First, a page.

This document is kind of short porting roadmap which serves as a high-level overview for porters of GHC who decided to use LLVM instead of implementing new NCG for their target platform. Please have Design & Implementation at hand since this contains more in-depth information.
The list of steps needed for new GHC/LLVM port is:
(1) Make sure GHC unregisterised build is working on your target platform (using the C backend). This guide isn't intended for porting GHC to a completely unsupported platform. If the platform in question doesn't have a GHC unregisterised build then follow the GHC Porting Guide first.
(2) Now try to compile some very simple programs such as 'hello world' or simpler using the GHC you just built. Try with the C backend First to make sure everything is working. Then try with the LLVM backend. If the llvm backend built programs are failing find out why. This is done using a combination of things such as the error message you get when the program fails, tracing the execution with GDB and also just comparing the assembly code produced by the C backend to what LLVM produces. This last method is often the easiest and you can occasionally use techniques like doing doing a 'binary search' for the bug by merging the assembly produced by the C backend and LLVM backend.
(3) When the programs you throw at the LLVM backend are running, try running the GHC testsuite. First run it against the C backend to get a baseline, then run it against the LLVM backend. Fix any failures that are LLVM backend specific.
(4) If the testsuite is passing, now try to build GHC itself using the LLVM backend. This is a very tough test. When working though its a good proof that the LLVM backend is working well on your platform.
(5) Now you have LLVM working in unregistered mode, so the next thing is to implement the GHC calling convention in LLVM that is used by GHC's LLVM backend. This should then allow you to get the LLVM backend working in registered mode but with (TABLES_NEXT_TO_CODE = NO in your build.mk). Majority of this step involves hacking inside the LLVM code. Usually lib/Target/<your target platform name> is the best way to start. Also you might study what David Terei did for x86 support and his patch itself to get an idea what's really needed.
(6) Once (5) is working you have it all running except TABLES_NEXT_TO_CODE. So change that to Yes in your build.mk and get that working. This will probably involve changing the mangler used by LLVM to work on the platform you are targeting.
Here is an expanded version of what needs to be done in step 5 and 6 to get a registerised port of LLVM working:
GHC in registerised mode stores some of its virtual registers in real hardware registers for performance. You will need to decide on a mapping of GHC's virtual registers to hardware registers. So how many registers you want to map and which virtual registers to store and where. GHC's design for this on X86 is basically to use as many hardware registers as it can and to store the more frequently cessed virtual registers like the stack pointer in callee saved registers rather than caller saved registers. You can find the mappings that GHC currently uses for supported architectures in 'includes/stg/MachRegs.h'.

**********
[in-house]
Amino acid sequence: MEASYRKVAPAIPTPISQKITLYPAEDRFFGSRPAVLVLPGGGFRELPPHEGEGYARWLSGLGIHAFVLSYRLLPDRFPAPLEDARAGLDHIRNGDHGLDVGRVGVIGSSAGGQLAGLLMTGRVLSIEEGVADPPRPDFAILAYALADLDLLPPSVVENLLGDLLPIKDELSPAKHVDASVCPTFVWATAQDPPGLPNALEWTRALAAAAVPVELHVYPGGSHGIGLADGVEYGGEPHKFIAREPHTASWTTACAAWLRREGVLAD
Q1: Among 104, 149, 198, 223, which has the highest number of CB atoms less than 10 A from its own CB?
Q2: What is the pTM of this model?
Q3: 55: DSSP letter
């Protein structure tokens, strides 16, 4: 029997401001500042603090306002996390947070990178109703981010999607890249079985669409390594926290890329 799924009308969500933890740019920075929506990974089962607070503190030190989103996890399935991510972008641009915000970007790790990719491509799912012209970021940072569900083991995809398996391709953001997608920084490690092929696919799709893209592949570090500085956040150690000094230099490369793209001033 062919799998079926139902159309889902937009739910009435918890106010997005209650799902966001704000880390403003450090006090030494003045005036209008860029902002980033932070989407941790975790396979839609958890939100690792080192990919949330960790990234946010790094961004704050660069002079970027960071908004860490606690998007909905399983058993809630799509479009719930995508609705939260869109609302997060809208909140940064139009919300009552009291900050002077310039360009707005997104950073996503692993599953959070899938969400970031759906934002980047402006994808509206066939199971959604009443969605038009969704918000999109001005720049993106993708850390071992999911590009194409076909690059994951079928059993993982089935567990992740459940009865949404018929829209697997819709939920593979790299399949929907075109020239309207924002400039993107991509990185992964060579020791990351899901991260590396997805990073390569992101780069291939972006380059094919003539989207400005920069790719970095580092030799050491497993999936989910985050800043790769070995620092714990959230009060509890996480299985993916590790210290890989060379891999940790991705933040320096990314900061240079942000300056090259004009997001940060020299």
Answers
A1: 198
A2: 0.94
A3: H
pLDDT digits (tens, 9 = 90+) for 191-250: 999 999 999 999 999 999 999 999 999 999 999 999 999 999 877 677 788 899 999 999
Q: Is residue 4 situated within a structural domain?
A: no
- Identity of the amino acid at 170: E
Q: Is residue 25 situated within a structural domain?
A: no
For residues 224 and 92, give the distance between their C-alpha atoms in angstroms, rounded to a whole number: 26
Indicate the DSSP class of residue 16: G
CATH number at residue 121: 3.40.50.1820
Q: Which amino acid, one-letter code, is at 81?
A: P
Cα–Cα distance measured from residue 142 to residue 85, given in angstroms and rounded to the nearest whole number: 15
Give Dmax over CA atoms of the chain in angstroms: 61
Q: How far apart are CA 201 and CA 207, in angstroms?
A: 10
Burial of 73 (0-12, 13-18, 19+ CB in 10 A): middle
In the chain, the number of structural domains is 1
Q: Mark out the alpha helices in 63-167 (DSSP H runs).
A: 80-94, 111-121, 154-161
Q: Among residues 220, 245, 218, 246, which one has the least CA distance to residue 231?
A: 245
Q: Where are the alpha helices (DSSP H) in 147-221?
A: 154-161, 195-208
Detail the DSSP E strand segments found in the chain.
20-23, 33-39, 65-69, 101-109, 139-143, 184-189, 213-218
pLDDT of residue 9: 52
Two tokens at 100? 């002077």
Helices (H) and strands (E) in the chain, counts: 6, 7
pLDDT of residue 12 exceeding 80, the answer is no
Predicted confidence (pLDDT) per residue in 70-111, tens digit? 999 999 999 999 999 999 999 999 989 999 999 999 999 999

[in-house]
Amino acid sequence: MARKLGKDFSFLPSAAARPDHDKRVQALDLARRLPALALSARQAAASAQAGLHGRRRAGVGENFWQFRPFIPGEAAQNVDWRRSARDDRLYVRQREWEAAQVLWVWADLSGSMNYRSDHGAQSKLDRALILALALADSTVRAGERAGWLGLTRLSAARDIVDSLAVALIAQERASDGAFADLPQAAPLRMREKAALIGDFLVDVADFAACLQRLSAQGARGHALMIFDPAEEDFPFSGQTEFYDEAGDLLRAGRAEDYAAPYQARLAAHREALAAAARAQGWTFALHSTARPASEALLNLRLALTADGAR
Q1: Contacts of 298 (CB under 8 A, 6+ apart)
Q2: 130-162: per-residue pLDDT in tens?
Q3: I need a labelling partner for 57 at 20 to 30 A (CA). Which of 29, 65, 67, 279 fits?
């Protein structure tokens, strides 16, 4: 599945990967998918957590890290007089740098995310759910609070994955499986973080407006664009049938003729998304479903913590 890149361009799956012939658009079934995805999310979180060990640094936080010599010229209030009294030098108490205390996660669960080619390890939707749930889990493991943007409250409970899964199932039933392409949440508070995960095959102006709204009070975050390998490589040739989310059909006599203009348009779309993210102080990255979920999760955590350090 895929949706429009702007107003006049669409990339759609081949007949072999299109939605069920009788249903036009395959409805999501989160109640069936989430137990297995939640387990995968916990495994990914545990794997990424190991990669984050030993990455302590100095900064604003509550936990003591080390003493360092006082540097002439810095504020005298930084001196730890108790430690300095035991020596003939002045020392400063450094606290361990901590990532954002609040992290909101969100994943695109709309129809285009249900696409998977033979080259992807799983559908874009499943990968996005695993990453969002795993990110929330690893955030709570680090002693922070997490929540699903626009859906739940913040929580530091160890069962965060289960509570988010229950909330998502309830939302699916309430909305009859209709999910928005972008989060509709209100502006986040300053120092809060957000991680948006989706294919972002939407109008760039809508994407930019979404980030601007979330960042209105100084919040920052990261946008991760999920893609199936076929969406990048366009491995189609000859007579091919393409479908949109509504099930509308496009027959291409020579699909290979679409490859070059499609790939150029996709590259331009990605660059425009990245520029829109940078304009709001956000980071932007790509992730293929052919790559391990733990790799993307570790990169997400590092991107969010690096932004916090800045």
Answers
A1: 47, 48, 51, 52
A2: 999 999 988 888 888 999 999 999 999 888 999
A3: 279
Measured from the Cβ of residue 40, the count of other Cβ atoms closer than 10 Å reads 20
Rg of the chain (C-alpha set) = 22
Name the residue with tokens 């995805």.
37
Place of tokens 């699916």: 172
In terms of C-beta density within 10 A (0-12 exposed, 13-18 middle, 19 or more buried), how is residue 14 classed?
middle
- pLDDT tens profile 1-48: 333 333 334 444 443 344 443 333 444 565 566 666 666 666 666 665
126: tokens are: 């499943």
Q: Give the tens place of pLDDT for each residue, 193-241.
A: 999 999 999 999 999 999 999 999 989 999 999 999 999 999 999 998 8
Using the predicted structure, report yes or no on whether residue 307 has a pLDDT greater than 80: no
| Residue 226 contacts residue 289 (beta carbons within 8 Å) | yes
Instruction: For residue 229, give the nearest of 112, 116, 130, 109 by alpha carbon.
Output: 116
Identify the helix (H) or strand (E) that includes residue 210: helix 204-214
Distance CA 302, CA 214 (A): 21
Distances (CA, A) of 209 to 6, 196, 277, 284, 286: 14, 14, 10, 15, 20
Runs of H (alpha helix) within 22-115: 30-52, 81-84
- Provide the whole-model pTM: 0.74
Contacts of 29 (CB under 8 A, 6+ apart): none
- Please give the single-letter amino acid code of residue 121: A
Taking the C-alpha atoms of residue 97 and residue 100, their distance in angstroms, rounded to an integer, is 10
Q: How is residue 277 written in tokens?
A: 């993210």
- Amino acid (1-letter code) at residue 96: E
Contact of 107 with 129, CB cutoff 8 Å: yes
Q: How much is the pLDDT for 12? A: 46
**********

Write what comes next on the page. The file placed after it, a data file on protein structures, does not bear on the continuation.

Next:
You will need to implement a custom calling convention for LLVM for your platform that supports passing arguments using the register map you decided on. You can see the calling convention I have created for X86 in the llvm source file 'lib/Target/X86/X86CallingConvention.td'.
Get GHC's build system running on your platform in registerised mode.
Add new inline assembly code for your platform to ghc's RTS. See files like 'rts/StgCRun.c' that include assembly code for the architectures GHC supports. This is the main place as its where the boundary between the RTS and haskell code is but I'm sure there are definitely other places that will need to be changed. Just grep the source code to find existing assembly and add code for your platform appropriately.
Will need to change a few things in LLVM code gen.
5.1 'compiler/llvmGen/LlvmCodeGen/Ppr.hs' defines a platform specific string that is included in all generated llvm code. Add one for your platform. This string specifies the datalayout parameters for the platform (e.g pointer size, word size..). If you don't include one llvm should still work but wont optimise as aggressively.
5.2 'compiler/llvmGen/LlvmCodeGen/CodeGen.hs' has some platform specific code on how write barriers should be handled.
Probably some stuff elsewhere in ghc that needs to be changed (most likely in the main/ subfolder which is where most the compiler driver lives or in codegen/ which is the Cmm code generator).
This is just what I know needs to be done, I'm sure there is many small pieces missing although they should all fall into one of the above categories. In the end just trial and error your way to success.